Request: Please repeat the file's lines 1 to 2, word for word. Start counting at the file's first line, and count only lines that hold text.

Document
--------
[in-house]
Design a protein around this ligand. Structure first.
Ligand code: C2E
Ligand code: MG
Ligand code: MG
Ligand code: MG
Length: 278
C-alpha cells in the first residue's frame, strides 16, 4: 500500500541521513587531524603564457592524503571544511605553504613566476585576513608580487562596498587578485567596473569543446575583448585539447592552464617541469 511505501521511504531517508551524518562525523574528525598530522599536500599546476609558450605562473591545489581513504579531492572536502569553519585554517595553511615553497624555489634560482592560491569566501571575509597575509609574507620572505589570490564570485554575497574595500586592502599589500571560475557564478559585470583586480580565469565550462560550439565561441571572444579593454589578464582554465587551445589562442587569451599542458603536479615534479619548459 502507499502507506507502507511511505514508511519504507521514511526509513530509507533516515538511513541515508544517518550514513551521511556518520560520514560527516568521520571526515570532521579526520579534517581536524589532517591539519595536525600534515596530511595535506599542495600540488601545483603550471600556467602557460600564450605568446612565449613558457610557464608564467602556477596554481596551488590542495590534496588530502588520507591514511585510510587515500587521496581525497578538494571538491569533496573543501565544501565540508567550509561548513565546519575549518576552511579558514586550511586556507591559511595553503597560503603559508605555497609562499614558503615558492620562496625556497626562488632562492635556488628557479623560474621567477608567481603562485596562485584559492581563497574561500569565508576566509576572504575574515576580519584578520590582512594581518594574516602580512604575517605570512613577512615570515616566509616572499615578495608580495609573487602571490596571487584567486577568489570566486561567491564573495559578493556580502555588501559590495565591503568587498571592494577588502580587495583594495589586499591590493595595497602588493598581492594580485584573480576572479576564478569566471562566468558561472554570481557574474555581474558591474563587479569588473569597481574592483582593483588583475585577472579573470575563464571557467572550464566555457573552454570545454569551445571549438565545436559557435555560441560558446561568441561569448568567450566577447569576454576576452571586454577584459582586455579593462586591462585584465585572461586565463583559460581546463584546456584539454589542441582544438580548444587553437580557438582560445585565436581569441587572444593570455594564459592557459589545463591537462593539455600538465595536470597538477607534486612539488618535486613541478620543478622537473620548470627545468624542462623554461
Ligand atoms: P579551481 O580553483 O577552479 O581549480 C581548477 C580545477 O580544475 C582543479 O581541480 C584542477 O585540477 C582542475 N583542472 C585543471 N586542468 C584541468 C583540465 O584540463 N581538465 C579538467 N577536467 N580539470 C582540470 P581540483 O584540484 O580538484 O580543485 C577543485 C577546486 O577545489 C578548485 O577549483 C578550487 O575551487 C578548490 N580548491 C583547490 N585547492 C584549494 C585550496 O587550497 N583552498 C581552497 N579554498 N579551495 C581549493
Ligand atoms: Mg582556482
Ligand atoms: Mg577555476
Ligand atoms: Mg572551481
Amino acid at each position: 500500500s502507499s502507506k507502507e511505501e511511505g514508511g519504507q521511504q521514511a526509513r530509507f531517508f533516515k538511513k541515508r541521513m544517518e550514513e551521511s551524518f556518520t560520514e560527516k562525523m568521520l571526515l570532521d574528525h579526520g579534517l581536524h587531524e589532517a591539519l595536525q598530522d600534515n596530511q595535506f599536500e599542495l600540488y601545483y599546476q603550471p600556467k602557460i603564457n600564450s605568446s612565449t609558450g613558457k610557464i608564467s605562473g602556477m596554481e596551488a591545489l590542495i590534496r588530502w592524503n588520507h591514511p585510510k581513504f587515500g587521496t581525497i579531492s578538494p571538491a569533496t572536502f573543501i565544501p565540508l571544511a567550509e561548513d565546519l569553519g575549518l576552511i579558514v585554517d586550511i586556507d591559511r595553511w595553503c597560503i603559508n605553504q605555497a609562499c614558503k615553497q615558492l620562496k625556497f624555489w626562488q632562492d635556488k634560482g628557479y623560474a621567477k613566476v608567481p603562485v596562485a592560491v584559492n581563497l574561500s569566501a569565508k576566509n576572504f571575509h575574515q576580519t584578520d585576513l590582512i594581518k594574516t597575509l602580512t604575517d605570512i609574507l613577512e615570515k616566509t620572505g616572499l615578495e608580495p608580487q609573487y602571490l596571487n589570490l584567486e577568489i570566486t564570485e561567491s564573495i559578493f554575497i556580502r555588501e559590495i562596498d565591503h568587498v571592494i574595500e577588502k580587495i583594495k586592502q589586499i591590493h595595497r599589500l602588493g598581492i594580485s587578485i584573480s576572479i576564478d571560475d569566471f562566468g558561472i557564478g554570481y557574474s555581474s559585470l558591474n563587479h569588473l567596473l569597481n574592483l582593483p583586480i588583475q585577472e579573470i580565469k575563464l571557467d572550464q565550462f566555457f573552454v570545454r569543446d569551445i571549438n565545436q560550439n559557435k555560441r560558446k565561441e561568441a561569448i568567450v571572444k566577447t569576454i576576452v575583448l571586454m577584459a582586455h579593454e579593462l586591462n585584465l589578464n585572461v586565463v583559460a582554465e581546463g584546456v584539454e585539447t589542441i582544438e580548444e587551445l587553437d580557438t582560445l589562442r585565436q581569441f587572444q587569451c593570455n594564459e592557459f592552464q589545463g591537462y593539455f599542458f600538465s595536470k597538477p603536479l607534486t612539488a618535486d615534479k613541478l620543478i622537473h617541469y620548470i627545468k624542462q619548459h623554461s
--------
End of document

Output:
[in-house]
Design a protein around this ligand. Structure first.